ABSTRACT: Abstract This study explored the effects of caveolin-1, p-ERK1/2 and transient receptor potential channel 6 (TRPC6) on angiotensin II (Ang II)-induced glomerular mesangial cell (GMC) proliferation, and investigated the role of Ang II on GMC proliferation. GMC cultures were divided into Control, Ang II (Ang II 10(-7 )mol/L), PD98059 (Ang II 10(-7 )mol/L + PD98059 5 × 10(-5 )mol/L) and MβCD groups (Ang II 10(-7 )mol/L + MβCD 10(-2 )mol/L). GMCs proliferation was measured by the methyl thiazolil tetracolium and trypan blue assays. The distribution of caveolin-1, p-ERK1/2 and TRPC6 was monitored by immunocytochemistry. Real time polymerase chain reaction (PCR) was used to assess mRNA expression of caveolin-1 and TRPC6. Western blot analysis was used to assess protein expression of caveolin-1, p-ERK1/2 and TRPC6. The results showed that Ang II promoted GMC proliferation. PD98059 and MβCD blocked Ang II-induced GMC proliferation, by 31.06% and 48.96%, respectively. In comparison with the control group, the expression of p-ERK1/2 and TRPC6 was significantly higher and caveolin-1 expression was significantly lower in the Ang II group. PD98059 markedly decreased p-ERK1/2 and TRPC6 expression and increased caveolin-1 expression. MβCD decreased the expression of p-ERK1/2 and TRPC6, but had no significant effect on caveolin-1 protein expression. These findings suggested that the intact caveolae structure was associated with Ang II-induced GMC proliferation, ERK1/2 activation and TRPC6 expression. And p-ERK1/2 acted as an upstream signal molecule for TRPC6. Moreover, p-ERK1/2 and caveolin-1 appeared to be inhibited reciprocally, thus regulated GMC proliferation by regulating TRPC6 expression.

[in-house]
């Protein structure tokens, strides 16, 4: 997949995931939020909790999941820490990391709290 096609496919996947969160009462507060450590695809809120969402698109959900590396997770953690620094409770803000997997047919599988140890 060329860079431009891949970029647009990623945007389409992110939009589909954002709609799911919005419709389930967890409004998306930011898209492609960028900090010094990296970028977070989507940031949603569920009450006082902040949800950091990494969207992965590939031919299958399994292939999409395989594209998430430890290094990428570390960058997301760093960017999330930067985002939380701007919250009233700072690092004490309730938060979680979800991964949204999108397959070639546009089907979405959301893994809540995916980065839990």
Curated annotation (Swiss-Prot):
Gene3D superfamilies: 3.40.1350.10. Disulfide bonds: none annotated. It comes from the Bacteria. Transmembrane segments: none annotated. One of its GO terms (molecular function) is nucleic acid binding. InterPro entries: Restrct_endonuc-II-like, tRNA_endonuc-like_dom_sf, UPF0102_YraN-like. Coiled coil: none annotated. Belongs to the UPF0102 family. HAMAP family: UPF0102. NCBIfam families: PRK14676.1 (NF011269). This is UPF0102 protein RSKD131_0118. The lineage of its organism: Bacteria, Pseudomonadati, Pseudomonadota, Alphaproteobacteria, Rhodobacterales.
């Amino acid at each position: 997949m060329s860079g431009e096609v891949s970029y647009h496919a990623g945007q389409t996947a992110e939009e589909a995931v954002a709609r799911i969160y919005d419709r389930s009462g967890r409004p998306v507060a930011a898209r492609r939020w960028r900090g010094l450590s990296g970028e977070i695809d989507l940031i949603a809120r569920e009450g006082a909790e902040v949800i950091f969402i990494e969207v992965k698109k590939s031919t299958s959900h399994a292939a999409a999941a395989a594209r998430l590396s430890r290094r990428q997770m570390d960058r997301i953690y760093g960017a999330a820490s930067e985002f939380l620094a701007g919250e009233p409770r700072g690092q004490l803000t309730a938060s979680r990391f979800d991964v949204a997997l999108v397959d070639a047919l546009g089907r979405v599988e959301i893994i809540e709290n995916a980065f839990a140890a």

Renal Failure 07/2013; · 0.94 Impact Factor
  • [Show abstract] [Hide abstract]
    ABSTRACT: This study investigated the relationships of caveolin-1 expression with clinical pathologic parameters and the prognosis of patients with large cell lung carcinoma. This study also explored the roles of caveolin-1 in cell invasiveness, matrix metalloproteinase (MMP) expression, and non-small cell lung carcinoma activity in vitro. A total of 120 tissue samples were immunohistochemically analyzed for caveolin-1 expression. Cell invasion ability was measured by a Transwell invasion assay. Protein expression was assessed by Western blotting. MMP activity was detected by gelatin zymography. Caveolin-1 was expressed in 54 of 120 (45.0%) cases of large cell lung carcinoma. Caveolin-1 expression was significantly correlated with node status (N0 vs. N1, N2, and N3; P=0.005) and advanced pTNM stage (Stages I and II vs. Stage III, P<0.001). Patients with caveolin-1-positive expression had a poorer prognosis than did those with caveolin-1-negative expression (P<0.001). The knockdown of caveolin-1 in H460 and 95D cells reduced the invasive ability of the cells and the expression of phosphorylated epidermal growth factor receptor (EGFR), phospho-extracellular signal-regulated kinases 1 and 2, MMP2, and MMP9; the protein level and activity of MMP2 and MMP9 were also decreased by the inhibition of EGFR activity in H460 and 95D cells. The expression of caveolin-1 was positively correlated with an advanced pathologic stage. Thus, caveolin-1 could act as a predictor of a poor prognosis in patients with large cell lung carcinoma. In addition, the downregulation of caveolin-1 reduced both the invasive ability of tumor cells and the protein and activity levels of MMP2 and MMP9 in vitro, suggesting the involvement of EGFR/MMP signaling in this process.
    Pathology - Research and Practice 04/2014; · 1.21 Impact Factor